A few videos have been posted of the test build already. Thanks for covering it, you guys. I enjoyed watching. 🙂
A few videos have been posted of the test build already. Thanks for covering it, you guys. I enjoyed watching. 🙂
One of the issues that caught me by surprise was a UI scaling problem. This turned out to be more interesting than expected, so I decided to write up a visual diary post about it.
For those who didn’t experience the problem, this is how it looked (1280×960).
What’s happening here isn’t technically a scaling problem, it’s a positioning problem. See, Daggerfall has a fixed-size UI of 320×200 pixels. My custom UI system was designed from the ground up to scale Daggerfall’s fixed UI to any resolution while maintaining correct aspect ratio. Depending on the width to height ratio of your resolution, the fixed UI may need to be pillarboxed (black bars down the sides) or letterboxed (black bars top and bottom). The goal is to fit the entire UI into the display without any clipped off edges and keeping that pixel-perfect ratio.
So what’s going in the screenshot above? The answer is that I forgot to turn on vertical alignment in the UI for the parent panel. This means the UI is stuck to the top of the screen instead of letterboxing like it’s supposed to. This is how the above display should look (1280×960).
The scaling and aspect ratio are correct in both cases, just the UI wasn’t centering vertically like it should for the letter-box effect at that resolution.
Unfortunately, it really isn’t possible to avoid pillarboxing or letterboxing with a fixed UI, unless you have a resolution that is an exact multiple of 320×200. For example, the screenshot below is a perfect x4 multiple of 320×200 and fits the frame completely at the correct aspect ratio (1280×800).
Now it occurs to me that some people simply don’t want letterboxing or pillarboxing. The best solution I can offer is a new option in the INI called “FreeScaling”. When this is enabled, the GUI will scale width and height independently. Here’s an example with FreeScaling enabled (1280×960).
The result is the UI is stretched as required to fill entire viewport. This obviously means the aspect ratio is no longer correct, but the chunky pixels still don’t look that bad with a little stretching. I’m willing to bet a lot of people actually play this way in DOSBox without noticing. It’s all down to personal preference anyway. If you want perfect aspect ratio, just leave things at default and the UI will scale and position itself properly now. If you definitely want to get rid of the black bars, then enable FreeScale and enjoy.
It’s also worth noting this does not apply to the game view rendering, which always fills the entire viewport. Only the classic 320×200 UI has this quirk.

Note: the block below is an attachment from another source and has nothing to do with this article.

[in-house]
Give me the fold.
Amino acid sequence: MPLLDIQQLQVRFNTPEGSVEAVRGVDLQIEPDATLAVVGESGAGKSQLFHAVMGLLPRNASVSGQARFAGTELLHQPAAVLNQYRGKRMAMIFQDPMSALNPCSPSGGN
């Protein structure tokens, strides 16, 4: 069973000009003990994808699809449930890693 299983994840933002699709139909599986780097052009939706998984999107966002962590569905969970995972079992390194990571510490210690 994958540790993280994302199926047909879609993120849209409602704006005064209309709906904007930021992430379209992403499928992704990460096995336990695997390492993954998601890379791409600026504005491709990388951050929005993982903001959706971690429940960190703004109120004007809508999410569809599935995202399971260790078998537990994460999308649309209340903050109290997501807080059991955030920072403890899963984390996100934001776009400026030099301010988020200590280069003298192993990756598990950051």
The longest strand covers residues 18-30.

I’m just happy my retro UI system is robust enough to handle all these different resolutions, scales, and positions while still working as it should. That’s an accomplishment by itself.
Thanks to feedback from intrepid testers, I have a solid list of priority items to fix. I will start rolling out fixes in the next 24-48 hours, and may need to spread fixes across multiple test releases.
On the whole, the first compatibility test went very well. Daggerfall Unity ran for most people on a wide variety of systems, and most of the bugs found can be easily resolved. A very positive start to things.
Here’s the list of priority fixes coming in next couple of test builds.
The first test build of Daggerfall Unity is now available for download. Grab your version below.Invalid download ID. Invalid download ID.
Note: Please see Setting Up below for more information on running build.
Note for Linux users: This build has videos and MIDI audio disabled. This will be fixed in test build 2.
I plan to drop multiple test builds leading up to first true release. Each test build will open up more features and fix more bugs. By the time the first true release is available, I’m hoping most of the big problems will be resolved.
Thank you to any testers who jump in this early and let me know of problems you encounter. While testing, please keep in mind this build is specifically to test the below key items. At this time, I don’t require any bug reports unless it pertains to the following.
This build is missing several features planned for the first true release. Following are the main limitations of this build.
To play this build of Daggerfall Unity, please follow these steps.
Note: CD-based installs of Daggerfall may not install videos locally, resulting in a crash to black screen. If this happens (and your Daggerfall path is definitely correct), check that you have 17 *.VID folders in your installs arena2 folder. If these are missing, you can copy .VID files from the CD to your local arena2 folder.
The INI file contains all game settings. Not all settings are currently live. Key settings are.
Preferred method of feedback is the following thread on the forums.
When reporting bugs, please include the following in your report.
And once again, a big thankyou to all contributors, testers, and supporters of this project. You are each helping to create something wonderful.
Just a quick update today, as I’m right in the thick of it getting the test build ready.